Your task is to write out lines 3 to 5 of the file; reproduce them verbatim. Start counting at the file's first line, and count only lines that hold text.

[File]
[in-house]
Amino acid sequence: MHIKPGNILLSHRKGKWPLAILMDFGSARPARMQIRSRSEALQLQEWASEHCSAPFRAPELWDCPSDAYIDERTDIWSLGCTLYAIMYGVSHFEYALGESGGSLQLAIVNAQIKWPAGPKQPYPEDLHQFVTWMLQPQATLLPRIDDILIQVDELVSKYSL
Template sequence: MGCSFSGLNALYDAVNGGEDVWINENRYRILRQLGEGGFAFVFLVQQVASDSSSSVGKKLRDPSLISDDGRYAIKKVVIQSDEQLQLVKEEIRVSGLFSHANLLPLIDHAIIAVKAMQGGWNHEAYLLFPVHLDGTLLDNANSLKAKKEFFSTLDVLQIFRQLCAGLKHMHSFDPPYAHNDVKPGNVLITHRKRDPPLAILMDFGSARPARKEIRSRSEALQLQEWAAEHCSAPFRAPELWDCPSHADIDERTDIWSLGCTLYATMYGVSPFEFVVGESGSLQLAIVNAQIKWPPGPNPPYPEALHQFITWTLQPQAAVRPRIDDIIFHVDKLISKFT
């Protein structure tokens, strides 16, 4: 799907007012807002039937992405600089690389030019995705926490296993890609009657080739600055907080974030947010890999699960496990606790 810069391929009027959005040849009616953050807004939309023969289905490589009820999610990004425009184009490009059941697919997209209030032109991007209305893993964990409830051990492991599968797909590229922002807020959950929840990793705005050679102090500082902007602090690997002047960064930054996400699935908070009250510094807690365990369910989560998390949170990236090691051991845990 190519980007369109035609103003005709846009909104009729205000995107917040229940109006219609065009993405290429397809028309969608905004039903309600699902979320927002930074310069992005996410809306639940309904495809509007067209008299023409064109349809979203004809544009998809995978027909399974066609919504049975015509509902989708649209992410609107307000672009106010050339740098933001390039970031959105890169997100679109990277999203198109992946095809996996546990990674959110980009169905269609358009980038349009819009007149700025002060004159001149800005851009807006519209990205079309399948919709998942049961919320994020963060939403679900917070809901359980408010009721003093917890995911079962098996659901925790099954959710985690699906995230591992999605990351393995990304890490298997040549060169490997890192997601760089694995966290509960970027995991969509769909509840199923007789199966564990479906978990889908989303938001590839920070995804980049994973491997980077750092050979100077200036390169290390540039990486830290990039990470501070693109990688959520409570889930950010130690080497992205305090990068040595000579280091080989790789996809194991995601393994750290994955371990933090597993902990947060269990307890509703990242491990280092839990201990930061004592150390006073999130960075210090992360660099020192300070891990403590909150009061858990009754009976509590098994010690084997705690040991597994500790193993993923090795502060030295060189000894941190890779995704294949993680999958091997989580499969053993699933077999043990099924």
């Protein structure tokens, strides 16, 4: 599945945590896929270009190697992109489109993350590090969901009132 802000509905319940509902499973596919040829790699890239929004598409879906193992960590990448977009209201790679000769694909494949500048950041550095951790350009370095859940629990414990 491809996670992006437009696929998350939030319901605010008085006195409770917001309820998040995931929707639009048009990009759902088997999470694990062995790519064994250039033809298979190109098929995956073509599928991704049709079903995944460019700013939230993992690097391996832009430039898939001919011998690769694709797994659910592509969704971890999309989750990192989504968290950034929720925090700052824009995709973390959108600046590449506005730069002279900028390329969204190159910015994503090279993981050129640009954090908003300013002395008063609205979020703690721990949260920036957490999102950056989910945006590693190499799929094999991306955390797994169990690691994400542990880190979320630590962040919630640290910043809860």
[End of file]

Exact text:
Template sequence: MGCSFSGLNALYDAVNGGEDVWINENRYRILRQLGEGGFAFVFLVQQVASDSSSSVGKKLRDPSLISDDGRYAIKKVVIQSDEQLQLVKEEIRVSGLFSHANLLPLIDHAIIAVKAMQGGWNHEAYLLFPVHLDGTLLDNANSLKAKKEFFSTLDVLQIFRQLCAGLKHMHSFDPPYAHNDVKPGNVLITHRKRDPPLAILMDFGSARPARKEIRSRSEALQLQEWAAEHCSAPFRAPELWDCPSHADIDERTDIWSLGCTLYATMYGVSPFEFVVGESGSLQLAIVNAQIKWPPGPNPPYPEALHQFITWTLQPQAAVRPRIDDIIFHVDKLISKFT
């Protein structure tokens, strides 16, 4: 799907007012807002039937992405600089690389030019995705926490296993890609009657080739600055907080974030947010890999699960496990606790 810069391929009027959005040849009616953050807004939309023969289905490589009820999610990004425009184009490009059941697919997209209030032109991007209305893993964990409830051990492991599968797909590229922002807020959950929840990793705005050679102090500082902007602090690997002047960064930054996400699935908070009250510094807690365990369910989560998390949170990236090691051991845990 190519980007369109035609103003005709846009909104009729205000995107917040229940109006219609065009993405290429397809028309969608905004039903309600699902979320927002930074310069992005996410809306639940309904495809509007067209008299023409064109349809979203004809544009998809995978027909399974066609919504049975015509509902989708649209992410609107307000672009106010050339740098933001390039970031959105890169997100679109990277999203198109992946095809996996546990990674959110980009169905269609358009980038349009819009007149700025002060004159001149800005851009807006519209990205079309399948919709998942049961919320994020963060939403679900917070809901359980408010009721003093917890995911079962098996659901925790099954959710985690699906995230591992999605990351393995990304890490298997040549060169490997890192997601760089694995966290509960970027995991969509769909509840199923007789199966564990479906978990889908989303938001590839920070995804980049994973491997980077750092050979100077200036390169290390540039990486830290990039990470501070693109990688959520409570889930950010130690080497992205305090990068040595000579280091080989790789996809194991995601393994750290994955371990933090597993902990947060269990307890509703990242491990280092839990201990930061004592150390006073999130960075210090992360660099020192300070891990403590909150009061858990009754009976509590098994010690084997705690040991597994500790193993993923090795502060030295060189000894941190890779995704294949993680999958091997989580499969053993699933077999043990099924």
């Protein structure tokens, strides 16, 4: 599945945590896929270009190697992109489109993350590090969901009132 802000509905319940509902499973596919040829790699890239929004598409879906193992960590990448977009209201790679000769694909494949500048950041550095951790350009370095859940629990414990 491809996670992006437009696929998350939030319901605010008085006195409770917001309820998040995931929707639009048009990009759902088997999470694990062995790519064994250039033809298979190109098929995956073509599928991704049709079903995944460019700013939230993992690097391996832009430039898939001919011998690769694709797994659910592509969704971890999309989750990192989504968290950034929720925090700052824009995709973390959108600046590449506005730069002279900028390329969204190159910015994503090279993981050129640009954090908003300013002395008063609205979020703690721990949260920036957490999102950056989910945006590693190499799929094999991306955390797994169990690691994400542990880190979320630590962040919630640290910043809860």